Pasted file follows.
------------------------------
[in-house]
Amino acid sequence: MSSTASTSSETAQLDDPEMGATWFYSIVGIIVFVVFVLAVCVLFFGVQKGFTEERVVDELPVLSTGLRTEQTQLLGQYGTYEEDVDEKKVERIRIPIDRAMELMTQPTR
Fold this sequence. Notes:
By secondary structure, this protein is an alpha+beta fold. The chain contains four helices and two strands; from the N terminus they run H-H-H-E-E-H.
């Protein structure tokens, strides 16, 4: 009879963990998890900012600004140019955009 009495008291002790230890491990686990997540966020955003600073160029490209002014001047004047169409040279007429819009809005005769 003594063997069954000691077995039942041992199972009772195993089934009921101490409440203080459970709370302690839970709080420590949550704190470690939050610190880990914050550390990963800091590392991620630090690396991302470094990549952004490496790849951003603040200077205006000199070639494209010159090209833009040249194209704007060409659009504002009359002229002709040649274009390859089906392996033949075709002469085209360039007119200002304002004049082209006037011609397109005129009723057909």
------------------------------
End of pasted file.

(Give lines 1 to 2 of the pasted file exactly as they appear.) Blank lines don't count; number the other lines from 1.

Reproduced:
[in-house]
Amino acid sequence: MSSTASTSSETAQLDDPEMGATWFYSIVGIIVFVVFVLAVCVLFFGVQKGFTEERVVDELPVLSTGLRTEQTQLLGQYGTYEEDVDEKKVERIRIPIDRAMELMTQPTR